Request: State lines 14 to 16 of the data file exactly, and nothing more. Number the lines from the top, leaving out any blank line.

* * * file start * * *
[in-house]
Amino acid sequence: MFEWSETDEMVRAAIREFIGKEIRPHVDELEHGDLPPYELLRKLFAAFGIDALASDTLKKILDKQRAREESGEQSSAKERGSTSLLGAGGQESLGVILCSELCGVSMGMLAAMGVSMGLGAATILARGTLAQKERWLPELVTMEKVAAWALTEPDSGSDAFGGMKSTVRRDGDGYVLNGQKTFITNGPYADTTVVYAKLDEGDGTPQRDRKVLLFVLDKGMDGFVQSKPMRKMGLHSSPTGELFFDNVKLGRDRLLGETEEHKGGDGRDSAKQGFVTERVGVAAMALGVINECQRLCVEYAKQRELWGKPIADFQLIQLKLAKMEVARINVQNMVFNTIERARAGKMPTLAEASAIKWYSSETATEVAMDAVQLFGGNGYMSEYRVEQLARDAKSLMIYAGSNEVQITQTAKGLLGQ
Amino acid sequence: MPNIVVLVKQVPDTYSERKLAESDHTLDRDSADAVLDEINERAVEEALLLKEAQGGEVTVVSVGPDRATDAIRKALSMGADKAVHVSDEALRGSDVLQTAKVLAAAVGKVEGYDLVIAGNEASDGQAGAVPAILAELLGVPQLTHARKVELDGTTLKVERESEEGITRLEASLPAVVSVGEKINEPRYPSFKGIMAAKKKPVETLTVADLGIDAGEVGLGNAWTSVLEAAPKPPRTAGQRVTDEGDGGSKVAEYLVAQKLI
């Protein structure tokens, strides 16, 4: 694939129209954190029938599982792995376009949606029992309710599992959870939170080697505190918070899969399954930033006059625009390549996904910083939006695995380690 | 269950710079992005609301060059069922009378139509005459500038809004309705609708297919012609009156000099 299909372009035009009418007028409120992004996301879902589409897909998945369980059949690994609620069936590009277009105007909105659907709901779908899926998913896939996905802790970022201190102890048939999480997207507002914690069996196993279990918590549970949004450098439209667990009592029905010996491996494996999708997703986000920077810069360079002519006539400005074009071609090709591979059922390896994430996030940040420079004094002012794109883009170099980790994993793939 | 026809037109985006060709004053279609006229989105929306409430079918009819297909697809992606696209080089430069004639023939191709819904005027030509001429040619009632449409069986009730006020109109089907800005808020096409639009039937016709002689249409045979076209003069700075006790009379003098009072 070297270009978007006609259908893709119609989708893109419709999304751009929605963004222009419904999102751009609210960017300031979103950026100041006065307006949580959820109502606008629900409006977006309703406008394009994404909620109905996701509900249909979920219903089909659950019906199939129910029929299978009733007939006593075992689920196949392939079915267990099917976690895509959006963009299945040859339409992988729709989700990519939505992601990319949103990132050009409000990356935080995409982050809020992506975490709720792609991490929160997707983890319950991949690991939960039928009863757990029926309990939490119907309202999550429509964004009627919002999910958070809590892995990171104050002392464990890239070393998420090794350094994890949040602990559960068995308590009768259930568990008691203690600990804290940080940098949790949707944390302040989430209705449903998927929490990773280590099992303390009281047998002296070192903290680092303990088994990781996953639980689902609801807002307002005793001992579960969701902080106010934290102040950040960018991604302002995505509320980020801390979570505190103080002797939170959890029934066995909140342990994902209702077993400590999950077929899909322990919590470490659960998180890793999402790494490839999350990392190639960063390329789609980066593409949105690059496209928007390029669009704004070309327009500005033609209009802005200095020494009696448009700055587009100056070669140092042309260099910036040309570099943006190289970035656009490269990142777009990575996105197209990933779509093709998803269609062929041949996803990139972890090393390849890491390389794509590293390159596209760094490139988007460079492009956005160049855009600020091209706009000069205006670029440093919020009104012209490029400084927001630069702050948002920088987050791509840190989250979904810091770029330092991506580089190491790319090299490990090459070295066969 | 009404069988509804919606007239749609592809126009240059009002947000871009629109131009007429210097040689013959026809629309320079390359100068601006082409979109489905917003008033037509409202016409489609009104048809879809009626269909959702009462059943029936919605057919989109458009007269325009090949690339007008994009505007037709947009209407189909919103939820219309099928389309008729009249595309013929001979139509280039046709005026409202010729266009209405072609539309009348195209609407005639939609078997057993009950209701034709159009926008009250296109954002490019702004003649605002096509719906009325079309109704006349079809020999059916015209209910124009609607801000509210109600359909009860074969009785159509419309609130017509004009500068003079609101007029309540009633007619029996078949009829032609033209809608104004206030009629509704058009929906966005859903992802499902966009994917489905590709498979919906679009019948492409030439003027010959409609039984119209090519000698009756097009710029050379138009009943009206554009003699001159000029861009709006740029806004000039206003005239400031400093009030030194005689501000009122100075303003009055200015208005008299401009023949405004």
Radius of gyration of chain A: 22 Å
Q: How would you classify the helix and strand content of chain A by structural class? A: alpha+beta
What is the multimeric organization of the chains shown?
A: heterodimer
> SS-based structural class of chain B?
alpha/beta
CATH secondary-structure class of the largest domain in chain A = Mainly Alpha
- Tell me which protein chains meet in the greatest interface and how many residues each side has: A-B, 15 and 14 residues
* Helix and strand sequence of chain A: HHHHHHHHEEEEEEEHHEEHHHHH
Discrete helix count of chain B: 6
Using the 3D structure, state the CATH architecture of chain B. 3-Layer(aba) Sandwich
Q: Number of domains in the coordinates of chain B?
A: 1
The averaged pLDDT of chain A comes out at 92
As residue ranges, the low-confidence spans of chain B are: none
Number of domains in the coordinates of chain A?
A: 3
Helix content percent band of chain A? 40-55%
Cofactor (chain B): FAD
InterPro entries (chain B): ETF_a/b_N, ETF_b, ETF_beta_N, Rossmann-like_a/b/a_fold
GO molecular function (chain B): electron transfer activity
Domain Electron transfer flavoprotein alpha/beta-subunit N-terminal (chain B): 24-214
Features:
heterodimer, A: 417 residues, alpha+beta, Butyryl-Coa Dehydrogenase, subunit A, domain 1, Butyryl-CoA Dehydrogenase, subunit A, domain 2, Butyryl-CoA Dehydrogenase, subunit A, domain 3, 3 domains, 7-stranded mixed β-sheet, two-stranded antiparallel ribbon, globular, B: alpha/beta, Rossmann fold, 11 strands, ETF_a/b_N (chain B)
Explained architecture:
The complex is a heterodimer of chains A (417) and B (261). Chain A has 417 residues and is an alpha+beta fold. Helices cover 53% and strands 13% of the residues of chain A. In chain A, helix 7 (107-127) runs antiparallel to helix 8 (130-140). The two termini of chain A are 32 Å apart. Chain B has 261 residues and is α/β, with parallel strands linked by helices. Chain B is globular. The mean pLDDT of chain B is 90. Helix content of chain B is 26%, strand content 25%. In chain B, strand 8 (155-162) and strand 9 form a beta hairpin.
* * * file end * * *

Discrete helix count of chain B: 6
Using the 3D structure, state the CATH architecture of chain B. 3-Layer(aba) Sandwich
Q: Number of domains in the coordinates of chain B?